Raised in Singapore, having moved to Australia and settling on the UK as home, this beautiful duo has a love that stretches the globe. So when it came to their wedding, tying together their background was oh-so-important, and Jessie Thomson made that happen. This gallery from Leah Kua is all the proof why the Cotswolds and a Chinese tea ceremony are a perfect pairing.
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From Jessie Thomson Wedding Planning…A traditional Chinese tea ceremony set in the heart of The Cotswolds in England, with close friends and family the day before the full wedding celebration, followed by an afternoon tea with cucumber sandwiches and scones – set in the gardens of a boutique Cotswold stone hotel.
I was honoured to be invited to this pre-wedding celebration as a guest with my daughter, and to witness such a beautiful and time honoured tradition in the British countryside on a hot Summer’s day.
It was the perfect way to start a weekend of celebrations!
From the beautiful Bride…Ryan and I are of Chinese descent and raised in Singapore. 15 years ago, we both moved to Australia first and then the UK. When we decided to get married in the UK, we planned our wedding around two visions: one of a rustic chic barn theme on the actual day, and a cultural heritage theme on the day before. We wanted the latter to be an intimate affair purely for our families, wedding party and wedding planner. The beautiful and romantic grounds of the Rectory Hotel in the Cotswolds was the perfect spot to host the ceremony.
Steeped in tradition, the tea ceremony is the most sacred ritual of Chinese nuptials. It serves as the bride’s symbolic introduction to the groom’s family. Choosing to incorporate this tradition was our way to honour the Chinese values that we were raised with and close to our hearts, despite having been living overseas for so long. Equally, we felt this was an important feature to include, given the next day’s wedding events would take on a more modern and relaxed western approach.
Since the exact presentation can vary from family to family and different Oriental cultural groups, we kept ours simple and elegant with the showcase of the tea set being the focal item in the ceremony set-up. A complete tea set represents harmony and togetherness. Traditionally, the tea set itself is part of the bride’s dowry and becomes a keepsake that she’ll use again for her own daughter’s ceremony someday.
Sweet tea is believed to bring happiness to the couple and to foster good relations between the bride and her new in-laws. According to legend, placing lotus seeds and two red dates in the teapot brings children into the marriage early on and every year thereafter. I was very blessed to have my mother choose the porcelain tea set, bringing it from across the globe and preparing the sweet tea on the day. It was an involvement and role that meant a huge deal to her, as a Mother. And to me too.
During the ceremony, Ryan and I served the tea to both our families who would take turns, proceeding from the most senior members of Ryan (the groom)’s family and then my (the bride) family. Drinking the tea was a sign of acceptance of the marriage and therefore quite emotional especially for the more senior family members. In return, we the newlyweds, received red envelopes filled with money or jewellery as a gesture of their blessings.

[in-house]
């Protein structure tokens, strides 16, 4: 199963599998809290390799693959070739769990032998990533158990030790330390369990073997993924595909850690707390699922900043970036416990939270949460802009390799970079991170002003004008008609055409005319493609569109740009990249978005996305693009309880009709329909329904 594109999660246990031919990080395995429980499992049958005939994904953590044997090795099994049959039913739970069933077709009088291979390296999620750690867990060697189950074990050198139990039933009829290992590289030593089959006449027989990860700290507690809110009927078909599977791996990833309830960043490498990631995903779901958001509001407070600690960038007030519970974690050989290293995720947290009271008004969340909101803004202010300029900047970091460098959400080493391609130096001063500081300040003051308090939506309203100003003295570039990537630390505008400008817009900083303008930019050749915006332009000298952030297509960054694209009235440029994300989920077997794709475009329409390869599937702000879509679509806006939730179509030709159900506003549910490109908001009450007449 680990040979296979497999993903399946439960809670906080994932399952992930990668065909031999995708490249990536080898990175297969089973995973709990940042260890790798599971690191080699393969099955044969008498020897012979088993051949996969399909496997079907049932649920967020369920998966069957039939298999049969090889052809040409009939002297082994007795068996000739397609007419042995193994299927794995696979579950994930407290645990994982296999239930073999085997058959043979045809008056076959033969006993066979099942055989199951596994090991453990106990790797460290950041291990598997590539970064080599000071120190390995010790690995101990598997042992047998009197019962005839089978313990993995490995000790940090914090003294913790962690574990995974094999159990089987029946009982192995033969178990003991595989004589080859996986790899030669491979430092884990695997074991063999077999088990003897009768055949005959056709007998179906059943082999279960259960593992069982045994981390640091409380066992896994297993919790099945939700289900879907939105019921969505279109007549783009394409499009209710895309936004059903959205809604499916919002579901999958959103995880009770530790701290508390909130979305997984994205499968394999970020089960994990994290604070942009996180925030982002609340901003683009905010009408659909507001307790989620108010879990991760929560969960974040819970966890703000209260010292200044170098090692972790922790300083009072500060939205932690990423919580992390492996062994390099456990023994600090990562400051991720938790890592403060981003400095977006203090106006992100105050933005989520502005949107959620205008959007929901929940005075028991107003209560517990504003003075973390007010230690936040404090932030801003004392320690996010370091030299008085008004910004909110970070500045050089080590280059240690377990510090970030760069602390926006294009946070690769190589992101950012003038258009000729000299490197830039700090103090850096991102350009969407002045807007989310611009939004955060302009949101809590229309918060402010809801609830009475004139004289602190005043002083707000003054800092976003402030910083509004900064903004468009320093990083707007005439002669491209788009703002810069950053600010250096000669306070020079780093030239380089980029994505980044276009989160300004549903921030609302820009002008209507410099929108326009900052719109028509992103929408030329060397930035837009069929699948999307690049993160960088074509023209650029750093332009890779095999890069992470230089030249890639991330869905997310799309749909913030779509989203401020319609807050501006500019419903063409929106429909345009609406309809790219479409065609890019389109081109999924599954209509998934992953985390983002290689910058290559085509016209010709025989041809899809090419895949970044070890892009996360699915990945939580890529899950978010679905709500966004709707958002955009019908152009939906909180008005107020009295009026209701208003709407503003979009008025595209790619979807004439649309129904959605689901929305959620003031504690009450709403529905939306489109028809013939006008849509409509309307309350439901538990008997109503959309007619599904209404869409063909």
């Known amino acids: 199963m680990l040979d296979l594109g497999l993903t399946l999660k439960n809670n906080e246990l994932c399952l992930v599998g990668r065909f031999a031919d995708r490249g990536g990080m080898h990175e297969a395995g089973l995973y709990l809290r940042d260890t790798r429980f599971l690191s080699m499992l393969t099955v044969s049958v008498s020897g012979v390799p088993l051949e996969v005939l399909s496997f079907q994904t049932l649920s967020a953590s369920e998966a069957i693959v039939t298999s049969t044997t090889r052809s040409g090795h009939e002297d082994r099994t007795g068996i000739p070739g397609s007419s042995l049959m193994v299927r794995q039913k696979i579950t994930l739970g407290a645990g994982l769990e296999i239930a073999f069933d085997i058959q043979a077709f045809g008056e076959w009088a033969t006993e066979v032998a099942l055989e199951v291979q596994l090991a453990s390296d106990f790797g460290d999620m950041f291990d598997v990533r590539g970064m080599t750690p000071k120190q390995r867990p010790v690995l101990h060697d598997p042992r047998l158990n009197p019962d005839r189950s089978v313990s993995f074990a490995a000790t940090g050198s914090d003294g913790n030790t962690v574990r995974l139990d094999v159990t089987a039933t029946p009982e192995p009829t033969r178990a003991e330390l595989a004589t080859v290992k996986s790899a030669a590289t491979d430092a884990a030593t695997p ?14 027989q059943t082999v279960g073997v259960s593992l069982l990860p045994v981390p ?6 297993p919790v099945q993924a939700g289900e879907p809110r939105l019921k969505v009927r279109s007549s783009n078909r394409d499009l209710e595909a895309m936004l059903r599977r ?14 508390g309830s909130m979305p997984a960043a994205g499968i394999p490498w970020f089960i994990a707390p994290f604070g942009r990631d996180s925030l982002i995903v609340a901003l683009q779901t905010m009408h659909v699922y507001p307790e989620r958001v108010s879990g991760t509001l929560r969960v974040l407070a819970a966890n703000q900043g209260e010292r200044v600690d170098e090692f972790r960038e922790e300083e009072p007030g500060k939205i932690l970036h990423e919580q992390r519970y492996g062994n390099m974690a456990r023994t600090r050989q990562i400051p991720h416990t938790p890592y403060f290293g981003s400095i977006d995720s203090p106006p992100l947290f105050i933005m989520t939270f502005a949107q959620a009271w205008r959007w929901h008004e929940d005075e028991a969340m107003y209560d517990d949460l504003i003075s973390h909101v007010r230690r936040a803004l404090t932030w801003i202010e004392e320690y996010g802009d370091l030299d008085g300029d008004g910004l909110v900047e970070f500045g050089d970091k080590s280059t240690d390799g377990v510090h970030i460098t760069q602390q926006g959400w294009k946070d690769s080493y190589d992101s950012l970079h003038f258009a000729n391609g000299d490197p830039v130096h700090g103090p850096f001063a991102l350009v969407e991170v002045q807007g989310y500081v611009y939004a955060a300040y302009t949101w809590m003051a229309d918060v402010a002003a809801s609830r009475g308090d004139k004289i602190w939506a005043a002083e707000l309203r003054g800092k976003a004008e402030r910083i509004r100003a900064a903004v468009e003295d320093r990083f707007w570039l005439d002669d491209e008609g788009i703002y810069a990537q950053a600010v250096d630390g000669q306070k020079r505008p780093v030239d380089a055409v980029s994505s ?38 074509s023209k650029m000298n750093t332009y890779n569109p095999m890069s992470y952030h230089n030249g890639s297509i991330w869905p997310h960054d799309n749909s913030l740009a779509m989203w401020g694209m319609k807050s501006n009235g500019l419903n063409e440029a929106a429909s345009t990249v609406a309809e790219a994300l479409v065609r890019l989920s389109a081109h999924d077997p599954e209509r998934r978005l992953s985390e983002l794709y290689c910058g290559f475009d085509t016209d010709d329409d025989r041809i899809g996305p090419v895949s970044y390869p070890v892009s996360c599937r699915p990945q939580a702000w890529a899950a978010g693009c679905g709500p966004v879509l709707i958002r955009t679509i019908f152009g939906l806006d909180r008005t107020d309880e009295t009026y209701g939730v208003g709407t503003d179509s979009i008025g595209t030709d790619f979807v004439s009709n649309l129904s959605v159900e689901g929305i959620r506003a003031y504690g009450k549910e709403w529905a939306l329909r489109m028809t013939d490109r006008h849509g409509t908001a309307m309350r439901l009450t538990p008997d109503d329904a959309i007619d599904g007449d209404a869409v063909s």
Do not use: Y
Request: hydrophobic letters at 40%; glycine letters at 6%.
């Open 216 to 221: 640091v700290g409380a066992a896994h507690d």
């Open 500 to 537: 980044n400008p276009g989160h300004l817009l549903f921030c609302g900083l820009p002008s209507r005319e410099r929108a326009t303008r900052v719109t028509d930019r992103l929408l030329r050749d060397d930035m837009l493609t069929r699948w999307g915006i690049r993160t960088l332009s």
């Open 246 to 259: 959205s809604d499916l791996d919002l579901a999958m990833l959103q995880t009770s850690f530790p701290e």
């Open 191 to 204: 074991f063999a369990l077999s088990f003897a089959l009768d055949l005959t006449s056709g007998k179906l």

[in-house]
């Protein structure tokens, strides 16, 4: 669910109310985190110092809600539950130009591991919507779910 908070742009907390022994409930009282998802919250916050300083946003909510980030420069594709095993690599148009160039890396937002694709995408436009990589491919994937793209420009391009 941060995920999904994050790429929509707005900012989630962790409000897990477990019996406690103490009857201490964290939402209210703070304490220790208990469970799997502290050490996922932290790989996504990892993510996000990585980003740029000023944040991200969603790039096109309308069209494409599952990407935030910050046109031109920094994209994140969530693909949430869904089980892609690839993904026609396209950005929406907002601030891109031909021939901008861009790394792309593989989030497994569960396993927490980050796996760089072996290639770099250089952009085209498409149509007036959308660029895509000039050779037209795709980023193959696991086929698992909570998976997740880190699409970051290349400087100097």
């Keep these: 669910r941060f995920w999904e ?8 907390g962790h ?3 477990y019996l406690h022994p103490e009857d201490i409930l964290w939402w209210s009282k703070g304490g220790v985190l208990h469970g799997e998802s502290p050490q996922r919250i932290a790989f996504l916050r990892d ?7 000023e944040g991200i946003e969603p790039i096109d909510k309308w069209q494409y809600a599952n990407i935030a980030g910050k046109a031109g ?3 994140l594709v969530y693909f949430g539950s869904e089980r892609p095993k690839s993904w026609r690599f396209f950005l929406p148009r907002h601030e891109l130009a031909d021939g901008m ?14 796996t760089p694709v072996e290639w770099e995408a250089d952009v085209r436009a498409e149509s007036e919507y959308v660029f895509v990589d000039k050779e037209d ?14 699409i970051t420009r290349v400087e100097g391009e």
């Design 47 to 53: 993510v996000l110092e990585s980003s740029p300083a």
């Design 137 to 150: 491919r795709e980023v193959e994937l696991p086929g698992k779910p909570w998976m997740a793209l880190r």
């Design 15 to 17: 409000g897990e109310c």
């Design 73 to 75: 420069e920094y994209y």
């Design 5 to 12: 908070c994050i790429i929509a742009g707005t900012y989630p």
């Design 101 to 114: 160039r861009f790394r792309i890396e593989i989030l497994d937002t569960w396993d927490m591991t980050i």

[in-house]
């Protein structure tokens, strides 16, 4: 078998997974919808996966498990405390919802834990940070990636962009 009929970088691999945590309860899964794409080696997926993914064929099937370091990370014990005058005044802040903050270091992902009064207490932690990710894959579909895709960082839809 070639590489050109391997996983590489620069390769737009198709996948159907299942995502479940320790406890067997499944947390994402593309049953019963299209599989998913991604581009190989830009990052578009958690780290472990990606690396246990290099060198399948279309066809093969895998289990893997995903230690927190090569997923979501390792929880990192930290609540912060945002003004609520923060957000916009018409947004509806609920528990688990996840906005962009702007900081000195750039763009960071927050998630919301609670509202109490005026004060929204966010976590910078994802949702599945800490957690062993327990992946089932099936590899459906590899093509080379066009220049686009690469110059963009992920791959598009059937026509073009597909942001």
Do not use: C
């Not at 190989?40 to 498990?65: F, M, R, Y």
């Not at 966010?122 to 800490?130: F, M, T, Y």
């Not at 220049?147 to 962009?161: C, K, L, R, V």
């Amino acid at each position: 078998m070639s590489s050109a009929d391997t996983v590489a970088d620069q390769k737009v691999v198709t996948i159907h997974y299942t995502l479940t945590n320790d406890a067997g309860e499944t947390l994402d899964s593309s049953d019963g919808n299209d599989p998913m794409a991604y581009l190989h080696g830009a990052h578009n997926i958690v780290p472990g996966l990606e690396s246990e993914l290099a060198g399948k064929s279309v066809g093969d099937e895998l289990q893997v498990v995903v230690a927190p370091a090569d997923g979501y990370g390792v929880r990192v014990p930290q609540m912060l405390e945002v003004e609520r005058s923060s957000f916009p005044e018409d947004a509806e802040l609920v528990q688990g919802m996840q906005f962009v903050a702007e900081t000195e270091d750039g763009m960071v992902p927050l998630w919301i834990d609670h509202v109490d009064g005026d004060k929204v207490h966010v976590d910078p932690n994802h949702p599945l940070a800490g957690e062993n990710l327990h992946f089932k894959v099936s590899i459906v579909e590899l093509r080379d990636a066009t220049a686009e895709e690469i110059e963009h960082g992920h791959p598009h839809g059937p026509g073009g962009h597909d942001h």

Red is a symbolic colour for all joyous occasions in the Oriental culture, so it naturally became the choice of colour for my custom made “cheongsam” or traditional gown from Singapore that I wore for the event. It also turned out to be a fitting one when I realised there were pops of red colour dotted about, from the Oriental wedding wall decal, to the red packets and even the red roses in the garden!
I loved every detail of my dress from the French corded lace to the slit on the side which allowed me to show off one of my legs. Since it was a very striking dress, I kept my accessories to a minimum, choosing to don on a pearl necklace and earrings. To complete the whole look, I chose an updo style, which I was initially rather nervous about, as I have never been one to wear my hair up most of the time. But having a brilliant hair stylist meant I had nothing to worry about at all. I was at ease the whole time and was reluctant to take it down when the day was over!
As a contrast, Ryan chose to go for a western style semi-formal look which surprisingly, complemented my traditional look well. His outfit took on a pastel palette comprising a shirt with delicate prints, a waistcoat and a pair of tan leather brogues.
The day would not be complete without a little East meets West. We were in the UK after all! After the ceremony, our guests were treated to a proper English afternoon tea experience complete with scones, cakes and pastries. It gave us a good opportunity to mingle with everyone in a relaxed and fun manner, just like an afternoon outdoor garden party in the summer! Looking back, that day proved to be so precious in that we got to spend more time with everyone, many of whom have travelled from afar for us, celebrating a familiar tradition with a twist.
Photography: Leah Kua | Wedding Planner: Jessie Thomson Wedding Planning | Ceremony Venue: The Rectory | Groom's Attire: Ted Baker | Bridal Hair & Makeup: Heidi Vince